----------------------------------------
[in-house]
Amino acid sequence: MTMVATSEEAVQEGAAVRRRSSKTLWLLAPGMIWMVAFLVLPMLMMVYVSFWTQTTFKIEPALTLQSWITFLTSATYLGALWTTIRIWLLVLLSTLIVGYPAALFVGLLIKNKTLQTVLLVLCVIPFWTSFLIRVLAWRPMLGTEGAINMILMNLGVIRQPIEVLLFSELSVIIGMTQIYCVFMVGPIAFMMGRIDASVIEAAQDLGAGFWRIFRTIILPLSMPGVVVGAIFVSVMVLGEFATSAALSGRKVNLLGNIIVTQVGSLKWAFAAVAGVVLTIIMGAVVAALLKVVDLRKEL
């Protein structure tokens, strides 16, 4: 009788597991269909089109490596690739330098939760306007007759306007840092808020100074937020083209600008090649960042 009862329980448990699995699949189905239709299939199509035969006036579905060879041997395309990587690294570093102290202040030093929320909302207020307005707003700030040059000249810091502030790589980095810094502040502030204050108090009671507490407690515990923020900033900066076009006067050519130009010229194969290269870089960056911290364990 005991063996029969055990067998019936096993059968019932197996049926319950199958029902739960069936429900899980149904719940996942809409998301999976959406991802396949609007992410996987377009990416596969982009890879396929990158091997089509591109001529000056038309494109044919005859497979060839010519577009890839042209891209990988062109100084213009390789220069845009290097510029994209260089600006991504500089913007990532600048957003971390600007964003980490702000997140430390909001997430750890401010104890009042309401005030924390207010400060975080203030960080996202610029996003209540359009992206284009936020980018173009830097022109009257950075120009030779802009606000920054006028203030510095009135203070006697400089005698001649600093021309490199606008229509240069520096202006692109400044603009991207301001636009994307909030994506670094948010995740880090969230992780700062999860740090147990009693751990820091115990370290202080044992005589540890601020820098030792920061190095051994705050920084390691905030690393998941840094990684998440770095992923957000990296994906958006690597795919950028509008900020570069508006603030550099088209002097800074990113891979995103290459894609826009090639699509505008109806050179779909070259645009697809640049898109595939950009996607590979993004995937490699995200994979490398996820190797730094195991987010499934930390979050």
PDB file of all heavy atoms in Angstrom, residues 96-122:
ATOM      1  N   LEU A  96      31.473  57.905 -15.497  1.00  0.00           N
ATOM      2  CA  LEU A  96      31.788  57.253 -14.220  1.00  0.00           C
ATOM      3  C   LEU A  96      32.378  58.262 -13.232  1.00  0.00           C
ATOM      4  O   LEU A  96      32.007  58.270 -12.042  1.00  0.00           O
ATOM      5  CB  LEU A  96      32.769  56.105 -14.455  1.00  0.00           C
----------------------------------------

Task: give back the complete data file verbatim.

[in-house]
Amino acid sequence: MTMVATSEEAVQEGAAVRRRSSKTLWLLAPGMIWMVAFLVLPMLMMVYVSFWTQTTFKIEPALTLQSWITFLTSATYLGALWTTIRIWLLVLLSTLIVGYPAALFVGLLIKNKTLQTVLLVLCVIPFWTSFLIRVLAWRPMLGTEGAINMILMNLGVIRQPIEVLLFSELSVIIGMTQIYCVFMVGPIAFMMGRIDASVIEAAQDLGAGFWRIFRTIILPLSMPGVVVGAIFVSVMVLGEFATSAALSGRKVNLLGNIIVTQVGSLKWAFAAVAGVVLTIIMGAVVAALLKVVDLRKEL
């Protein structure tokens, strides 16, 4: 009788597991269909089109490596690739330098939760306007007759306007840092808020100074937020083209600008090649960042 009862329980448990699995699949189905239709299939199509035969006036579905060879041997395309990587690294570093102290202040030093929320909302207020307005707003700030040059000249810091502030790589980095810094502040502030204050108090009671507490407690515990923020900033900066076009006067050519130009010229194969290269870089960056911290364990 005991063996029969055990067998019936096993059968019932197996049926319950199958029902739960069936429900899980149904719940996942809409998301999976959406991802396949609007992410996987377009990416596969982009890879396929990158091997089509591109001529000056038309494109044919005859497979060839010519577009890839042209891209990988062109100084213009390789220069845009290097510029994209260089600006991504500089913007990532600048957003971390600007964003980490702000997140430390909001997430750890401010104890009042309401005030924390207010400060975080203030960080996202610029996003209540359009992206284009936020980018173009830097022109009257950075120009030779802009606000920054006028203030510095009135203070006697400089005698001649600093021309490199606008229509240069520096202006692109400044603009991207301001636009994307909030994506670094948010995740880090969230992780700062999860740090147990009693751990820091115990370290202080044992005589540890601020820098030792920061190095051994705050920084390691905030690393998941840094990684998440770095992923957000990296994906958006690597795919950028509008900020570069508006603030550099088209002097800074990113891979995103290459894609826009090639699509505008109806050179779909070259645009697809640049898109595939950009996607590979993004995937490699995200994979490398996820190797730094195991987010499934930390979050």
PDB file of all heavy atoms in Angstrom, residues 96-122:
ATOM      1  N   LEU A  96      31.473  57.905 -15.497  1.00  0.00           N
ATOM      2  CA  LEU A  96      31.788  57.253 -14.220  1.00  0.00           C
ATOM      3  C   LEU A  96      32.378  58.262 -13.232  1.00  0.00           C
ATOM      4  O   LEU A  96      32.007  58.270 -12.042  1.00  0.00           O
ATOM      5  CB  LEU A  96      32.769  56.105 -14.455  1.00  0.00           C